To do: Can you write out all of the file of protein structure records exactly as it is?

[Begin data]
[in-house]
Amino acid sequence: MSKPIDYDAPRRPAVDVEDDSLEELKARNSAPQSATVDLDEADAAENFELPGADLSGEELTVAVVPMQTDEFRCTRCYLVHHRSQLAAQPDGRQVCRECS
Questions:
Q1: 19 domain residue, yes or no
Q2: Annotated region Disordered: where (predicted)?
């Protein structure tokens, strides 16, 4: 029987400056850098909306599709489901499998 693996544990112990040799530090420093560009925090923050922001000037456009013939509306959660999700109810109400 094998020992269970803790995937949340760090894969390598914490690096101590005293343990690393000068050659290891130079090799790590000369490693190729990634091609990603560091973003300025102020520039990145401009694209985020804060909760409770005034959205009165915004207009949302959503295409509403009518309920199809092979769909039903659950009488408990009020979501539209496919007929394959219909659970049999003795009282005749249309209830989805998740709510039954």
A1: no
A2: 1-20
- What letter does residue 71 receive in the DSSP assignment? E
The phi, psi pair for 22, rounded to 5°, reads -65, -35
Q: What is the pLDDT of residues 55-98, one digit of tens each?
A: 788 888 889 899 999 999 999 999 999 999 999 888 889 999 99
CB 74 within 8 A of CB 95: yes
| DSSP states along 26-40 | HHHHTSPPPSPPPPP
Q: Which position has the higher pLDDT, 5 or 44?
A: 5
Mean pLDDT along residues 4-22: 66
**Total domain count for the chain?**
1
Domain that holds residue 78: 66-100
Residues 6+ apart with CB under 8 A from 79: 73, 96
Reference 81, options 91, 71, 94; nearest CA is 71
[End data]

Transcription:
[in-house]
Amino acid sequence: MSKPIDYDAPRRPAVDVEDDSLEELKARNSAPQSATVDLDEADAAENFELPGADLSGEELTVAVVPMQTDEFRCTRCYLVHHRSQLAAQPDGRQVCRECS
Questions:
Q1: 19 domain residue, yes or no
Q2: Annotated region Disordered: where (predicted)?
């Protein structure tokens, strides 16, 4: 029987400056850098909306599709489901499998 693996544990112990040799530090420093560009925090923050922001000037456009013939509306959660999700109810109400 094998020992269970803790995937949340760090894969390598914490690096101590005293343990690393000068050659290891130079090799790590000369490693190729990634091609990603560091973003300025102020520039990145401009694209985020804060909760409770005034959205009165915004207009949302959503295409509403009518309920199809092979769909039903659950009488408990009020979501539209496919007929394959219909659970049999003795009282005749249309209830989805998740709510039954």
A1: no
A2: 1-20
- What letter does residue 71 receive in the DSSP assignment? E
The phi, psi pair for 22, rounded to 5°, reads -65, -35
Q: What is the pLDDT of residues 55-98, one digit of tens each?
A: 788 888 889 899 999 999 999 999 999 999 999 888 889 999 99
CB 74 within 8 A of CB 95: yes
| DSSP states along 26-40 | HHHHTSPPPSPPPPP
Q: Which position has the higher pLDDT, 5 or 44?
A: 5
Mean pLDDT along residues 4-22: 66
**Total domain count for the chain?**
1
Domain that holds residue 78: 66-100
Residues 6+ apart with CB under 8 A from 79: 73, 96
Reference 81, options 91, 71, 94; nearest CA is 71